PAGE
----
Replace Solid BlocksEnsures the tool only replaces solid blocks.
Extend to GroundEnsures the final placement is connected to the ground by stretching each block down until it collides with a solid block.

Tools

Axiom presents a rich set of tools for real-time, precise manipulation of your Minecraft world. These tools are readily accessible in the top layer of the 'Tool' window. Additionally, the 'Tool Options' window offers further configuration possibilities. Each tool comes with its unique settings that can dramatically change its functionality and impact. We encourage exploration and experimentation as it can lead to unanticipated yet fascinating or beneficial applications of these tools.

Note: By ctrl clicking on a slider, you can manually input a value that exceeds the default parameter limits. Use this feature with caution.

Brushes

Most tools used to manipulate the world use a format known as ‘brushes’. Brushes let the user click and drag in the world with a predefined shape in order to gather blocks to include in the brush’s path. You can select the shape of the brush in the dropdown menu. The default shape is a sphere.

You can choose from a sphere, a cube or an octahedron.

Selection Tools

This section covers selection tools and their options. An option that is generic to all selection tools a concept known as boolean operations. The default option is ‘add’

Boolean OperationDescription
AddAdds the selected area to the current selection
SubtractSubtracts the selected area from the current selection
ReplaceReplaces the current selection with the selected area
IntersectSelects only the area that overlaps with the current selection

Note: At very large scales non-cuboid selections become less performant due to the complexity in keeping track of the entire region. If you need to perform an operation on a very large area it is recommended to use a cuboid selection and encompass the entire build.

Lasso Select

The lasso select is very unique, it allows the user to draw out a shape on screen to determine the selection.

To draw the selection, use right-click and draw out the looped shape. After releasing right-click, the drawn outline will be cast to the blocks within your view. You can set the depth of the selection by adjusting the Depth slider.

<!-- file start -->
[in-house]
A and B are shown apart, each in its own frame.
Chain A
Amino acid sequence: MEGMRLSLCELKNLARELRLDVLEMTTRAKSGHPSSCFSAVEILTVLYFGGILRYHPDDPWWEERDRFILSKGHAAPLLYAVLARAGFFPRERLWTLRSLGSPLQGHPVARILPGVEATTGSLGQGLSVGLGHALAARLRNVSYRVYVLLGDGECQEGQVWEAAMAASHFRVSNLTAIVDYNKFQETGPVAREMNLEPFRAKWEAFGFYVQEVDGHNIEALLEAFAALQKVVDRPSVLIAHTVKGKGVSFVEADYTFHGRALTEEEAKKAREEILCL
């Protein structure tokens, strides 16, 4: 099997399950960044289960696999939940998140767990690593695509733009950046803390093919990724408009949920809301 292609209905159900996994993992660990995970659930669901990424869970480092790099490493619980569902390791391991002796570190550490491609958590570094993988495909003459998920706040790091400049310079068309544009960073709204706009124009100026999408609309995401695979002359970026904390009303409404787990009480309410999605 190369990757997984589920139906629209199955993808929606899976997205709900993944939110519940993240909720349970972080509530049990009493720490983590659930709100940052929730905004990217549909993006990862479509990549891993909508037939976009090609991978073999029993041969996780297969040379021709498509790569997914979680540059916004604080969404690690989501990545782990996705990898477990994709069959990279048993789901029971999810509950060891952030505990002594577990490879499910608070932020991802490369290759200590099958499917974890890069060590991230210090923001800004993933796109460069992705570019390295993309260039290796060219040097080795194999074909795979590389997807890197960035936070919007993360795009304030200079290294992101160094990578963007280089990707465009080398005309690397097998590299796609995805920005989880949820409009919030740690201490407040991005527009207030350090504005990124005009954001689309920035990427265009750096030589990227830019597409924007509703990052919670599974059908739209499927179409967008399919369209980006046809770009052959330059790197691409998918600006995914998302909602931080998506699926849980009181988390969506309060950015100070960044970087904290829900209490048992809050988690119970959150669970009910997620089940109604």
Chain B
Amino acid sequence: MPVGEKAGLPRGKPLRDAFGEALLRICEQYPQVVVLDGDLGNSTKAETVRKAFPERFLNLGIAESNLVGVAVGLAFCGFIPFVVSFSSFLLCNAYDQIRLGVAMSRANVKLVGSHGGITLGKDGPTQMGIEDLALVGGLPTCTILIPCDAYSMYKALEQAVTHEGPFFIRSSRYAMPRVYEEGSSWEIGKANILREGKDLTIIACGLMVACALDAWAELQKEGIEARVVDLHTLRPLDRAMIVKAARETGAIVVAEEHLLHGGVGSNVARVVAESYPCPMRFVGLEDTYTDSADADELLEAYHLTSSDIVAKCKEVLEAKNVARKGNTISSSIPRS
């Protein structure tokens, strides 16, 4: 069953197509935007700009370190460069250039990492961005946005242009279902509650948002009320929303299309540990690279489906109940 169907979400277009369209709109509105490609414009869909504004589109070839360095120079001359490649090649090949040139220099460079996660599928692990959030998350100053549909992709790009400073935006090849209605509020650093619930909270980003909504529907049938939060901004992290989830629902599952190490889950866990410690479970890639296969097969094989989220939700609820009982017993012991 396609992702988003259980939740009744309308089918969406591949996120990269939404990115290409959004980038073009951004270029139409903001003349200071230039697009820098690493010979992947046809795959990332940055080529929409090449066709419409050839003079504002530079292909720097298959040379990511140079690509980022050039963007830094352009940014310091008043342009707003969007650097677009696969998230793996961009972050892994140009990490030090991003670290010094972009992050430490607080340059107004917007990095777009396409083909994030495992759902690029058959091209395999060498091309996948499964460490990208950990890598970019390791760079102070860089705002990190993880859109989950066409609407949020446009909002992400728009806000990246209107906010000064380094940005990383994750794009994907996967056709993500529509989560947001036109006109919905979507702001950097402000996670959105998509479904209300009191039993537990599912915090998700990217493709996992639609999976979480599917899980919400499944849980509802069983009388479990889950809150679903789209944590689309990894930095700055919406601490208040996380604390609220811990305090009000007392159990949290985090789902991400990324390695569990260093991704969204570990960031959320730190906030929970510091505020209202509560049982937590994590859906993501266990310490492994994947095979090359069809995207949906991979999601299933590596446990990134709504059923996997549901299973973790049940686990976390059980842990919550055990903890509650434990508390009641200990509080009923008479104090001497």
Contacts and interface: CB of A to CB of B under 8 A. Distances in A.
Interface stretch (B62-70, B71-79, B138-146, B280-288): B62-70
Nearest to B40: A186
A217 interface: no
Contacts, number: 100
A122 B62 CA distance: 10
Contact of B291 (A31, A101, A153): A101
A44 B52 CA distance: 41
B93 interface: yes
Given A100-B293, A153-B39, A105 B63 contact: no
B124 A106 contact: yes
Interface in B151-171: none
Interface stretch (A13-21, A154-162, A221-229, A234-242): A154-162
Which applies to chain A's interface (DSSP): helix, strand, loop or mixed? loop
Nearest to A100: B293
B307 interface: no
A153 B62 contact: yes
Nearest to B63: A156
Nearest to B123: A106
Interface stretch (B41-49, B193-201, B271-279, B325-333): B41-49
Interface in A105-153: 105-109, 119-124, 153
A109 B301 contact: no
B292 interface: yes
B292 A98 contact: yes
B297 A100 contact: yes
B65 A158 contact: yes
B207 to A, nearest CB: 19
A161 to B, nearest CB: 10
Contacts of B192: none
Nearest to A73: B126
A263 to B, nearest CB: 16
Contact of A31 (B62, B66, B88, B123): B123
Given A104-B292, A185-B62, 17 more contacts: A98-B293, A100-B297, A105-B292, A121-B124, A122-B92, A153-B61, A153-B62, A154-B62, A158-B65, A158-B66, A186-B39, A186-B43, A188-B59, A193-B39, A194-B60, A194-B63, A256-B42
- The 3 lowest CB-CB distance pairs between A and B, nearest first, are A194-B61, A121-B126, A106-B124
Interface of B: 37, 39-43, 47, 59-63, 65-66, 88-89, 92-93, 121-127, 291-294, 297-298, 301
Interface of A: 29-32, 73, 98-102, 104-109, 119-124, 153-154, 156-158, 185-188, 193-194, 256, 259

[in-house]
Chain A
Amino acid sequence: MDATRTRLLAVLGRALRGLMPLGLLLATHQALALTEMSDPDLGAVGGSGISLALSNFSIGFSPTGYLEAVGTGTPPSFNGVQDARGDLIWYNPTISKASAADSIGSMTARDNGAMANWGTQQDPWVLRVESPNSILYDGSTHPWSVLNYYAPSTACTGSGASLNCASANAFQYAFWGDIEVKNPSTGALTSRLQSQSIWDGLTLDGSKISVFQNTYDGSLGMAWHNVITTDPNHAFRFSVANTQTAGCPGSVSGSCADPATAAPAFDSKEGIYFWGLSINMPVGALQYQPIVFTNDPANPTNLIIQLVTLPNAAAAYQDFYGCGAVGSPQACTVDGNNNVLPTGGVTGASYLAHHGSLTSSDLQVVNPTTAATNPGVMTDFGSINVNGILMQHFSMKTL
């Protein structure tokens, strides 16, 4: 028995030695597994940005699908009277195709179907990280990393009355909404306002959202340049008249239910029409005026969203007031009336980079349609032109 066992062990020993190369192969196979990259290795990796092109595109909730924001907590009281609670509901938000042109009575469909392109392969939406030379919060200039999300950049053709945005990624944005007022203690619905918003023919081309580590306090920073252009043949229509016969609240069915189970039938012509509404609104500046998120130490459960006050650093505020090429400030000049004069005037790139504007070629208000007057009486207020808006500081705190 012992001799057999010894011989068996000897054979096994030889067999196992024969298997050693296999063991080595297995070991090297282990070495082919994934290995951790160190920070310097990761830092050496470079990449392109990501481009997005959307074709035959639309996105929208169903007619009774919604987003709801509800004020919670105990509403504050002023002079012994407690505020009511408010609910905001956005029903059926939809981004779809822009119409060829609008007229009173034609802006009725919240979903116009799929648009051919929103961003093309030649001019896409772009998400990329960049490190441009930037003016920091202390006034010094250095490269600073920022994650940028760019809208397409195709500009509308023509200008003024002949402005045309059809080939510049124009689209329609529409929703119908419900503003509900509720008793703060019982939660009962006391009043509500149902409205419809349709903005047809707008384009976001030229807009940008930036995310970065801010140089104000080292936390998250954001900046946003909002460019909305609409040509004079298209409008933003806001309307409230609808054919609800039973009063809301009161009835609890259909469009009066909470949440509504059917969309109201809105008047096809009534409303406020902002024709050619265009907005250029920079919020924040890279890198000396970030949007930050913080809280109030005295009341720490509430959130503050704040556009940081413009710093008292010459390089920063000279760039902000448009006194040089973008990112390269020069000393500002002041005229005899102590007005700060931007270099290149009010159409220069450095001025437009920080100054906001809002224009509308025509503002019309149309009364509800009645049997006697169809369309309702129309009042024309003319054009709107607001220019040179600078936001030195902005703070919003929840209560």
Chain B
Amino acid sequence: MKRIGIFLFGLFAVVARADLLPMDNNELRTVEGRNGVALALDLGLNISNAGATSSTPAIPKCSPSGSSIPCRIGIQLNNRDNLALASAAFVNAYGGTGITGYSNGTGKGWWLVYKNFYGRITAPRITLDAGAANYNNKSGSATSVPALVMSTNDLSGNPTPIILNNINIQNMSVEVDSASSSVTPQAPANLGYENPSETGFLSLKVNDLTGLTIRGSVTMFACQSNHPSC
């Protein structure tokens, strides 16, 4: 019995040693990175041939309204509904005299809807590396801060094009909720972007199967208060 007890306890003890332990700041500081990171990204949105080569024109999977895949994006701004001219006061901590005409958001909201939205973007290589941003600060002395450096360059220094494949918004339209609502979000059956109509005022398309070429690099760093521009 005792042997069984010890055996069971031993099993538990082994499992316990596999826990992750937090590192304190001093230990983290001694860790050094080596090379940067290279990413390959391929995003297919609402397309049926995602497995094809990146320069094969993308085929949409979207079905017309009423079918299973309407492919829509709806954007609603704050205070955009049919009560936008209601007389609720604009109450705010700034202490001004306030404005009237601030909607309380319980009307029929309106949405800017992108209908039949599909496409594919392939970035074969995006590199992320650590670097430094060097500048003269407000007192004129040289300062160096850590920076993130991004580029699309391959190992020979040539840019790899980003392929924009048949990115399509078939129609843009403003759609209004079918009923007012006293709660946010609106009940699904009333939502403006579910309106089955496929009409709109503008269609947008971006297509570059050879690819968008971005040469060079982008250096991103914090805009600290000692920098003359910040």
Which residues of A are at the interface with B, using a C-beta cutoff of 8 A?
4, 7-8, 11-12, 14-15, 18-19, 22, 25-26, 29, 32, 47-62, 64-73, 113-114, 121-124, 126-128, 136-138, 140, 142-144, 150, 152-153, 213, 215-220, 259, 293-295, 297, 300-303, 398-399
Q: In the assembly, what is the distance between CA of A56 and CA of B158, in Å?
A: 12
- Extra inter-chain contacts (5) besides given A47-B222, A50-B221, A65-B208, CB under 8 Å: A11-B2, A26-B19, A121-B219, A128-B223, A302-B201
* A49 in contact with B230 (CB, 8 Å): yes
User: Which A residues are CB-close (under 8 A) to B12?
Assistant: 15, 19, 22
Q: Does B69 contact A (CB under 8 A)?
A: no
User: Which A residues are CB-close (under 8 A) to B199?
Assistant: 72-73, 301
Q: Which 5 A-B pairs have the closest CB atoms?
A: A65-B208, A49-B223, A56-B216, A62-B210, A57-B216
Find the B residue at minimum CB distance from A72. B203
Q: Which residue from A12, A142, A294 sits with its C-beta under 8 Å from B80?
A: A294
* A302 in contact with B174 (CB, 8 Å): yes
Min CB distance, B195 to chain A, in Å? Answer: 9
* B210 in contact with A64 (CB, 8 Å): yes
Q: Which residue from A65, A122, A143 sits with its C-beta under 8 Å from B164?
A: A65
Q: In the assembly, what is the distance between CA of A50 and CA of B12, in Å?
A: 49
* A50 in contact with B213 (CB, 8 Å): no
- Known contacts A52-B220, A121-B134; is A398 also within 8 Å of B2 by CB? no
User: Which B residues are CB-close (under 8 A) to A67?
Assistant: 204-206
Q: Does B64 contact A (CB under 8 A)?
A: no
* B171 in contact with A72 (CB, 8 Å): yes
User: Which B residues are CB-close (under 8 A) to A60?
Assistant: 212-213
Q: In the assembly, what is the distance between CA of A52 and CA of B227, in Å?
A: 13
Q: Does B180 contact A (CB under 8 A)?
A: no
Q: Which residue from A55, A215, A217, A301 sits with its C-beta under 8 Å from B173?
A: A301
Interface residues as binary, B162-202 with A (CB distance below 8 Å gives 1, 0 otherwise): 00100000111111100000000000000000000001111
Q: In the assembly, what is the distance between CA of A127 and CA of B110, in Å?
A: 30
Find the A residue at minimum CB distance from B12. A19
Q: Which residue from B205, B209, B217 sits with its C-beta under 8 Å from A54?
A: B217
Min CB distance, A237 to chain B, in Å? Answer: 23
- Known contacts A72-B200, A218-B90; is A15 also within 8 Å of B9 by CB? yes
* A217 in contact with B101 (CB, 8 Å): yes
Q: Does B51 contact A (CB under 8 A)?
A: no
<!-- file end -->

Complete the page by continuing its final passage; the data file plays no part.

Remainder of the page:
Enabling the 'Include Non-Solid' will allow the selection to include blocks such as short grass.

Box Select

The Box Select tool allows you to create cuboid selections. To start, click and drag between two points. The selection can be further refined by repositioning the 3 Gizmos.

If you want to select between two known coordinates instead, these coordinates can be entered into the tool's options.

Magic Select

The Magic Select tool is a powerful selection tool which improves the building process immensely if used correctly. With a single click on a block type, the Magic Selection tool swiftly selects all adjacent blocks of the same type, streamlining the selection process.

The tool features the following options: The Compare option mode lets you select the types of blocks that it can select adjacent to the original block. The default mode is ‘Block’

Compare TypeDescription
BlockAll blocks of the same type including all blockstates.
BlockStateAll blocks of the exact same blockstate as the target block.
SolidAny block that you cannot pass through. For example stone, glass panes, etc. Not flowers, water, etc.
AnyAll blocks directly adjacent including non solid blocks except for air. This causes it to ‘stop’ once it reaches air.

The Limit option is a slider which can be configured to set how many blocks it should select in total. The magic select algorithm works by expanding outwards from the centre block to form an octahedron. Increasing the limit simply lets you select more blocks. The default limit is set to 100,000 blocks but can be set to any arbitrary limit.

The Range option is a slider which lets you set how far the algorithm should look for any adjacent blocks. This lets the tool ‘jump the gap’ between two blocks. The range simply represents how far it can look before cutting off. For example a bushy tree might have two or more blocks of air between it’s leaves and logs. This lets you select all the leaves that are on the tree regardless of the fact that there are air blocks between two branches with leaves.

The Surface Only option is a toggle which makes the tool only select the blocks on the surface of the selection or, equivalently, all blocks adjacent to air or the ‘outside’.

Tip: You can drag-click across multiple block types to select more than one block type.

Freehand Select

The Freehand Select tool allows you select spheres, cuboids and octahedrons with a brush stroke. It's rather basic, but it can be helpful to select strange parts of a build that might be difficult to select otherwise.

Painting Tools

Painting tools enable you to 'paint' over blocks, i.e., replace existing blocks in the world based on the chosen tool, rather than adding new ones. Axiom offers a range of painting tools, each with unique configurations for fine-tuned block editing.

Painter

The Painter is the most basic painting tool. It allows you to paint blocks with a single type using a brush stroke.

The Mask Surface option allows only painting blocks which are adjacent to a non-solid block.

The Mode drop-down allows switching between Active Block, Clipboard and Gradient. The active block mode paints with your active block. The clipboard mode paints using your clipboard in a repeating grid pattern. The gradient mode is similar to The Gradient Painter but instead paints the gradient around the centre of the brush. The merge strokes option for the gradient mode stops the painter from overriding blocks that are in the gradient.

Noise Painter